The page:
Published 11 January 2019
Join Aboriginal poet and novelist Tony Birch, of the Moondani Balluk Academic Centre at Victoria University, to explore the multi-layered strategic and altruistic relationships required to combat ecological destruction.
In his urgent call to arms, Birch identifies the powerful roles that Indigenous ecological knowledge, environmental activism, scholarship and creativity can play in addressing the impact of climate change, particularly on vulnerable and disempowered communities suffering human rights abuses as a direct result. No less pressing, he argues, is the acceptance of personal responsibility towards forming respectful and humble relationships with country and the planet.
6.00pm: Welcome drink and refreshments.
6.30pm: Talk and Q&A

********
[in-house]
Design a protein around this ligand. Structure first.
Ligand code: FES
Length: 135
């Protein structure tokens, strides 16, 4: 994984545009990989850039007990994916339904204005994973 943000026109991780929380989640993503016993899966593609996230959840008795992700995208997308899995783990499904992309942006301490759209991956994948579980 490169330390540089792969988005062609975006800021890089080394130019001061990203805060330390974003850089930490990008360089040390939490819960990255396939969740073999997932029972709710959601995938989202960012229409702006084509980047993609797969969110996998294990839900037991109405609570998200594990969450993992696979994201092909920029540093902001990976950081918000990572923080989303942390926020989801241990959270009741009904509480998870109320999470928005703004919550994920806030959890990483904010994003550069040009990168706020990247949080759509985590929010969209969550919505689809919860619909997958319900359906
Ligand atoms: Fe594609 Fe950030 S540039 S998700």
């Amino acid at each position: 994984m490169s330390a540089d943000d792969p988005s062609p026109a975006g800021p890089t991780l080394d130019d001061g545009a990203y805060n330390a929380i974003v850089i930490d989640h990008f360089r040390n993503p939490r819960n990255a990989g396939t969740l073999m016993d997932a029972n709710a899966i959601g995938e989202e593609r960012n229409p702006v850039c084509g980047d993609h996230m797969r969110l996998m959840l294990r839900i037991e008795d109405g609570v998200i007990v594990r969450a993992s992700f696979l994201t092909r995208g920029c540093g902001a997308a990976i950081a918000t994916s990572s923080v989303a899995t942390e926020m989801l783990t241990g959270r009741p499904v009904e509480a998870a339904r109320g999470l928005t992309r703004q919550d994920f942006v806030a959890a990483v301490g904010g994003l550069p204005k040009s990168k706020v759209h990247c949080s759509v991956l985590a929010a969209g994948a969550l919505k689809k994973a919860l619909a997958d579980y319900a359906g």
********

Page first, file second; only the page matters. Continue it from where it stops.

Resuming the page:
Professor Tony Birch is a poet, short story writer and novelist, the current Bruce McGuinness Professorial Research Fellow in the Moondani Balluk Academic Centre at Victoria University, and in 2017, became the first indigenous writer to win the Patrick White Award. Tony has published key academic articles and essays concerning Climate Justice, Protection of Country and Indigenous Rights, and is currently researching and writing a book titled `The dead are the imagination of the living’: climate justice and connectivity.
What is the HumanNature Series?
In this landmark series of talks, the Australian Museum is proud to host a stellar line up of leading Australian and international scholars.
They will share with us their insights from history, literature, philosophy, anthropology and art to examine the significant interplay between the humanities and the environmental crisis we face today, including climate change, biodiversity loss and a wide range of other issues.